|Book Review: "Unauthorized Version" by Robin L Fox|
Book Review: "The Authorized Version: Truth and Fiction in the Bible"
by Robin Lane Fox (reviewed by Alex Kasman)
This is not a timely review; the book was published in 1991. However,
I obtained it at a recent SHL book sale, just finished reading it, and
I thought some of you might be interested in what Fox has to say.
Robin Lane Fox is an Oxford historian who has undertaken here the
difficult task of trying to sort out the truth from the fiction in the
Christian Bible. It is difficult to imagine an unbiased investigation
of this politically charged question, and Fox of course has his own.
Fox's bias is that of a historian, as opposed to being either a
theologian or an archeologist.
I am supposing from his frequent insistence that
the Bible is a unique source of beauty, ethics and awe that he
considers himself to be a Christian. However, he is certainly does
not believe that the scriptures are inerrant truths and very
(very) carefully avoids ever saying anything to indicate
whether he believes in the existence of God, heaven, or other
supernatural things. His interest instead is in which armies fought
which others, who were the rulers, the structure of judicial systems
and their decisions, etc.
His prejudice against archeology is especially interesting to me,
since it makes this book quite different from the others I have read
on the subject. At first, I felt proud to have noticed this bias
myself in his arguments, but halfway through the book he states it
The dumb evidence of digging and travelling relates obliquely, if at
all, to the truth of the biblical narrative. Written evidence is much
more powerful: it allows us to compare dates and events, and to set
one story against another.
Of course, I do agree with Fox that written evidence is interesting
and useful, but do not quite understand why he rejects archeological
evidence. It seems to me that this sort of "dumb evidence" is useful
in determining the truth or falsehood of written documents!
Because of this bias, Fox is put in the position of having to decide
which texts are true and which are not simply by comparing them to
each other. Often, he seems to reach the same conclusions that others
have reached by different means. For example, he determines that the Old
Testament has so little connection to anything historical that it may
as well be treated as entirely fictional.
When it comes to the New Testament, however, he reaches some
interesting conclusions that seem almost irrational to me. A trivial
example is that he states that it must be true that Christ's cross was
labelled "King of the Jews". His "argument", based on the idea that
this would have been public knowledge since it was posted, is so weak
that I cannot even call it an argument. (Certainly, if the cross was
indeed labelled with such a sign then it would have been public
knowledge and could have been known to the authors of the
Gospels...but that hardly shows that it is not equally likely that
this sign was a fiction created for the Gospel while the real cross
was labelled otherwise, was unlabeled, or never even existed.)
This is not to say that I did not enjoy and learn from the book. In
one of my favorite parts, Fox discusses some portions of Josephus'
histories that I had never heard about before. Like other historians,
Fox believes that Josephus never wrote about Jesus Christ (with the
passages that are often cited these days having been added at a much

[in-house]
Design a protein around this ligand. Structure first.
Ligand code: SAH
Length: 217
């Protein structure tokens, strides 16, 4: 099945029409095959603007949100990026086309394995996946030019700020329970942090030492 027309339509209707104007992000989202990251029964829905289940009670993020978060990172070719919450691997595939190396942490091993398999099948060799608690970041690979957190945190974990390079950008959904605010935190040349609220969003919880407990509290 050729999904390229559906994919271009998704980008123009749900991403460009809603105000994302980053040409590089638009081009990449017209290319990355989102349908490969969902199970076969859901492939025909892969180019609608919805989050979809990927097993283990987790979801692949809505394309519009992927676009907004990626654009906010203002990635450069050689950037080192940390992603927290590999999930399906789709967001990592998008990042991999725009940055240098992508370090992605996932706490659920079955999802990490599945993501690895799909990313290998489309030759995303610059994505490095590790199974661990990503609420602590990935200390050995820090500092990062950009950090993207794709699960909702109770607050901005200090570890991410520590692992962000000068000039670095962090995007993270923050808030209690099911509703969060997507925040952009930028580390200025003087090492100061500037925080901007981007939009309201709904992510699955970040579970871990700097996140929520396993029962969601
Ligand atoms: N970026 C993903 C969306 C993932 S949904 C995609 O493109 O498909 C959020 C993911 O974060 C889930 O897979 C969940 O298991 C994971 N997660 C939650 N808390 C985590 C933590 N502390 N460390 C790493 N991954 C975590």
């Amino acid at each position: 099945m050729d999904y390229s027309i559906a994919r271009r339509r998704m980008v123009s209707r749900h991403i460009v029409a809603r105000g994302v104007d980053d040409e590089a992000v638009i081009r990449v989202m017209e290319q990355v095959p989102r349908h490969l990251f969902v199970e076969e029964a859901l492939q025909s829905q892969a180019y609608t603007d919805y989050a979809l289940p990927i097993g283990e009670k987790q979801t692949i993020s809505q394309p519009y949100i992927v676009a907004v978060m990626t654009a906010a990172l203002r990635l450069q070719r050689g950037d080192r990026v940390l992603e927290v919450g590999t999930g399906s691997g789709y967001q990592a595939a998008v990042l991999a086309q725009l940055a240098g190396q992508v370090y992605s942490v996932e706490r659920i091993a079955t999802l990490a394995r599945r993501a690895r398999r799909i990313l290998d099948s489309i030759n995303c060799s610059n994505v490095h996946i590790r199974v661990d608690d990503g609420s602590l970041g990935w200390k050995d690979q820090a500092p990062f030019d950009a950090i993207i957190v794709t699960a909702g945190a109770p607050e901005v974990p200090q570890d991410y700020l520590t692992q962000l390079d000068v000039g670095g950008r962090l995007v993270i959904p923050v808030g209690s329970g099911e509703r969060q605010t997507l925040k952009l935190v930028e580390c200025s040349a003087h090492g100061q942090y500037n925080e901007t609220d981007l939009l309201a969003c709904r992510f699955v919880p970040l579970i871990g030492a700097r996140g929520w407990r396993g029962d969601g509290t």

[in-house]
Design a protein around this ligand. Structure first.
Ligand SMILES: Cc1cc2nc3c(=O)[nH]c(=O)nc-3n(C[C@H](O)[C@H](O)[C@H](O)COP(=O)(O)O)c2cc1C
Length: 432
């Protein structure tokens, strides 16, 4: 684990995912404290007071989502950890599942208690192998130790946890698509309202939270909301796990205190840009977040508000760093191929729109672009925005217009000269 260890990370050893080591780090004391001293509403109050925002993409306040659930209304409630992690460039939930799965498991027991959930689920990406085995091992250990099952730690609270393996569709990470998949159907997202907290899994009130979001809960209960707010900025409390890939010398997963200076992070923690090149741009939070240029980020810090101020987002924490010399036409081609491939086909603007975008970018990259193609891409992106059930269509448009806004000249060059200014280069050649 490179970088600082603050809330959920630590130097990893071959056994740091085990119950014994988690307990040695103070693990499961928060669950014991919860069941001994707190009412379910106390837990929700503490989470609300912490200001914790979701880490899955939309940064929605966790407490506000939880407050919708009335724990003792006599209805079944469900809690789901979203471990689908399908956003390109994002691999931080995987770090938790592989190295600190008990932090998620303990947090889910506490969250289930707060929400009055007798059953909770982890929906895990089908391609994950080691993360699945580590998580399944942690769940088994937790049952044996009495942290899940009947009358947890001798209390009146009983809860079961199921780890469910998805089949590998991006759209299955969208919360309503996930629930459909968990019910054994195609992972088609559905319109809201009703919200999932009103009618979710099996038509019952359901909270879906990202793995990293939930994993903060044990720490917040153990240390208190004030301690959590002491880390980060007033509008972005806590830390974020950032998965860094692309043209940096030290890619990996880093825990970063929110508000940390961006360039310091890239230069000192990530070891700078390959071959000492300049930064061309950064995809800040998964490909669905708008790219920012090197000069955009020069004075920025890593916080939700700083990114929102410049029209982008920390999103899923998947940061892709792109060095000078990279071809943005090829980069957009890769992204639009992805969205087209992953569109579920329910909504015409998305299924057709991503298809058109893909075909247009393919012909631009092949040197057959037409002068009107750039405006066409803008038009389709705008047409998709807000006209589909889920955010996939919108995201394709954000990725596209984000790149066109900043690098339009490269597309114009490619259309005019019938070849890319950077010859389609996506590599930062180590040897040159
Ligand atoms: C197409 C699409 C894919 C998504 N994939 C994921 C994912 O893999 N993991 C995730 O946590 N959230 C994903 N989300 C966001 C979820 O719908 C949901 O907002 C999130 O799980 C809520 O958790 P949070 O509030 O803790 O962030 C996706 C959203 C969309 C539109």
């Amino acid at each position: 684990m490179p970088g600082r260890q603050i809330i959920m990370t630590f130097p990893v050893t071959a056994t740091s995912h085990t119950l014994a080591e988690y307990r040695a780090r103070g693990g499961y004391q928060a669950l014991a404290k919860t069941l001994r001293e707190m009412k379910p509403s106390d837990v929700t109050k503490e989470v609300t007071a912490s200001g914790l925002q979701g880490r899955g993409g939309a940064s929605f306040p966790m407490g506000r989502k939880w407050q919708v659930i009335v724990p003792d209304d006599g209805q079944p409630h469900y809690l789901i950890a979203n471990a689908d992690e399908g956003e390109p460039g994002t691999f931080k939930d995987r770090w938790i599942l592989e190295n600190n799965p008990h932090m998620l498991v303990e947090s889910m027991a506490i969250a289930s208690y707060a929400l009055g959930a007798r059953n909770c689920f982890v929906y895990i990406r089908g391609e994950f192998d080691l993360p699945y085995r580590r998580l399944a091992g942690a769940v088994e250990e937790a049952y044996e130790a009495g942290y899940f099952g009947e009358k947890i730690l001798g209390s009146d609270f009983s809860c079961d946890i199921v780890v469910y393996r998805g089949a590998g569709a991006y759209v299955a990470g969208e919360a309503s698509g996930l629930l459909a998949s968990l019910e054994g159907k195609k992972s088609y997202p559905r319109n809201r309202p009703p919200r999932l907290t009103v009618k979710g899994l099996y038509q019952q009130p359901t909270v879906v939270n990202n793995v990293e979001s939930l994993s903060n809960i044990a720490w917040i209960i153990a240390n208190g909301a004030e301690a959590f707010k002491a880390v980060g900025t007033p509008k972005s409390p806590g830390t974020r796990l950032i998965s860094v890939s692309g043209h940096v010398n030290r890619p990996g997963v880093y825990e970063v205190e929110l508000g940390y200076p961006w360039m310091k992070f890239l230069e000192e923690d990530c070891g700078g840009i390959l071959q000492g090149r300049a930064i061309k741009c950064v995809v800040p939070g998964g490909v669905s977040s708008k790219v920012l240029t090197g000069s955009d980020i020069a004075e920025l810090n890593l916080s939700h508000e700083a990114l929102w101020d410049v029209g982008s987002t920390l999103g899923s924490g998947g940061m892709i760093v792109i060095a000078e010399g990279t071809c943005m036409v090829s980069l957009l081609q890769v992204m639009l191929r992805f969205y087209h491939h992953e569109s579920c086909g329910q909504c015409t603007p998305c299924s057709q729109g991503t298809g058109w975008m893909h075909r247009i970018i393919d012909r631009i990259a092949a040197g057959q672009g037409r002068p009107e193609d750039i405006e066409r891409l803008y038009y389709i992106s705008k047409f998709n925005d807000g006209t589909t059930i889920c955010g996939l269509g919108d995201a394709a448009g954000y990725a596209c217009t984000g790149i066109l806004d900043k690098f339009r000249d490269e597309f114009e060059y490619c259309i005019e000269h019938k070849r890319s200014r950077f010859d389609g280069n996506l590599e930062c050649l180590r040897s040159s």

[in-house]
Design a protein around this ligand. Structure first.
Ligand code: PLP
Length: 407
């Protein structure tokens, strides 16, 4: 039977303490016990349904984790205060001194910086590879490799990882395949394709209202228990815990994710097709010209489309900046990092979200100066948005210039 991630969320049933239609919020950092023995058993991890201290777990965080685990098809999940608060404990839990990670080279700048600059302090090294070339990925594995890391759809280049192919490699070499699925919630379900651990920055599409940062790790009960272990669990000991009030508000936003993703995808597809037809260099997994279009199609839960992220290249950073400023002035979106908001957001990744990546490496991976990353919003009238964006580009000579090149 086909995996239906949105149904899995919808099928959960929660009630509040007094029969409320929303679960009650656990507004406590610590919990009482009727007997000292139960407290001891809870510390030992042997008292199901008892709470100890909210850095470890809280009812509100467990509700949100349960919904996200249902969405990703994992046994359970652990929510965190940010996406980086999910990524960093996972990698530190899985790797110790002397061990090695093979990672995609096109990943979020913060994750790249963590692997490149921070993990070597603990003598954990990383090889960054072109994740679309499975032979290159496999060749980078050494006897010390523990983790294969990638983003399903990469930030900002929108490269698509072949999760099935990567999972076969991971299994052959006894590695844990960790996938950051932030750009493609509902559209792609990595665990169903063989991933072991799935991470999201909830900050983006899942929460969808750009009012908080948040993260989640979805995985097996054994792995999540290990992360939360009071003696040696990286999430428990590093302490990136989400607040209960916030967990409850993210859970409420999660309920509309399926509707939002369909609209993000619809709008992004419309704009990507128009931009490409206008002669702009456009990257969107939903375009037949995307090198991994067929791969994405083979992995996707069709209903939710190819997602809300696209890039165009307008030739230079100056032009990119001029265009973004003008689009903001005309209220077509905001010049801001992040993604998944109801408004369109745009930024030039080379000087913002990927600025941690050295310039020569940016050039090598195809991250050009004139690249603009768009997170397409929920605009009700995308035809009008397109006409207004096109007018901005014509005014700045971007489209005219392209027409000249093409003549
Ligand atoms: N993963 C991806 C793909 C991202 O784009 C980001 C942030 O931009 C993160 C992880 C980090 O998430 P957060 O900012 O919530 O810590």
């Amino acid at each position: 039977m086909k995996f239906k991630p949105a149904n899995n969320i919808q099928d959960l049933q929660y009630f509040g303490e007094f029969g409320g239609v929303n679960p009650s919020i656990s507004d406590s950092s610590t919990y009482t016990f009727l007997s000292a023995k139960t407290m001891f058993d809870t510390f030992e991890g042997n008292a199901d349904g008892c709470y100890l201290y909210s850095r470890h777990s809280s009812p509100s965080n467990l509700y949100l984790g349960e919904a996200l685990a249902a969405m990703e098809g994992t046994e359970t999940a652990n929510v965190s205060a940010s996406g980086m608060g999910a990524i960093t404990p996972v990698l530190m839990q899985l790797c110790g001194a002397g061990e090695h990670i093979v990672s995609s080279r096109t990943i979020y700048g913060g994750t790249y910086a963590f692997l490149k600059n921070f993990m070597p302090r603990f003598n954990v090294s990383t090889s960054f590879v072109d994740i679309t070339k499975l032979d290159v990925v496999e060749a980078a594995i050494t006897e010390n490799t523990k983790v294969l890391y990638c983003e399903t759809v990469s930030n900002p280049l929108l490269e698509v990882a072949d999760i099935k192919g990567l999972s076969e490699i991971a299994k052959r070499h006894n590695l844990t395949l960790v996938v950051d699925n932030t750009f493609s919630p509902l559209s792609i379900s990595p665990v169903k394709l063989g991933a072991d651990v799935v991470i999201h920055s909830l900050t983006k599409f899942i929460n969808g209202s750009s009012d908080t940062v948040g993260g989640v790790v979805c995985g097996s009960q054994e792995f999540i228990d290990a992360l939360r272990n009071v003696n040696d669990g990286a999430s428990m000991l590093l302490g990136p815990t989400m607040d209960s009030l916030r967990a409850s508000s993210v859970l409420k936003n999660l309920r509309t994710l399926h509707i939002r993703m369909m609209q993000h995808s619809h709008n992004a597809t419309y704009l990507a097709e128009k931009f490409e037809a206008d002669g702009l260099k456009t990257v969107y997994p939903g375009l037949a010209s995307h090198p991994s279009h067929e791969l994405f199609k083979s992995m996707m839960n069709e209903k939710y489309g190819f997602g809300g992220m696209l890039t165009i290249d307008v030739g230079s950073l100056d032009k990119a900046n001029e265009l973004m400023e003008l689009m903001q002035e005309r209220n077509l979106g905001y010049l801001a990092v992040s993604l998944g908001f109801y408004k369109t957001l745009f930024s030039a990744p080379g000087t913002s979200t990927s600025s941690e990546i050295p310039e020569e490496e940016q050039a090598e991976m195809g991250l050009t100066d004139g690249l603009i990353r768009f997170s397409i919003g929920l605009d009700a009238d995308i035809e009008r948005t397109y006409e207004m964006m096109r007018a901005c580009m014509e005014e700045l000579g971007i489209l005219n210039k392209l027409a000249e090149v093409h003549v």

later point by Christian revisionists). So, to discriminate truth
from falsehood in the biblical story of the trial of Jesus, Fox looks
at similar events which are described by Josephus: the trial of John
the Baptist (who is described as having never been a concern to the
Jewish authorities but was put to death by the Romans because they
feared he was becoming powerful enough to pose a threat as a
revolutionary) and another man named Jesus (!) (who was brought
before the Roman authorities by angry Jews because he kept walking
around muttering nonsense about ``voices on the winds'' but was freed
by the Romans without punishment). Fox uses these to address the
question of what did or did not lead to punishment from the Romans.
But, one of Fox's most interesting ``leaps of faith'' in terms of
textual truth is his view that the book of John (but none of the other
three Gospels) was written by an actual participant in the events
described. Of course, fundamentalists believe that all four
Gospels were written by apostles. Historians and biblical scholars,
however, consider many other possibilities. It is generally believed
that John was the last of the four Gospels to be written, and it is
quite different from the others. Thus, many would probably think it
is the least likely to have been an eyewitness account. Fox, however,
"argues" (again, it hardly seems like an argument to me!) that it was
written by an aged apostle based on his own memories after he had read
the more fictionalized accounts (the books of Mark, Matthew, and Luke)
written by people who had not even been there. His supposed evidence
for this includes the fact that the author of John seems to know
things about the city of Jerusalem and details of the Roman rule
there...but of course many people would have known these things and so
I cannot see what makes him so certain.
Anyway, it is interesting as a theoretical exercise to follow Fox's
assumption that the fourth Gospel is the most accurate account
(though, even to Fox, still full of fictional twists, exaggeration and
misremembered details) of the life and death of Jesus Christ.
However, since he never convinced me that there was good reason to
believe in this assumption, the conclusions he reaches are less
powerful than they might otherwise have been. But, I still enjoyed
the tour of biblical history as it appears to this knowledgeable and
thought provoking expert.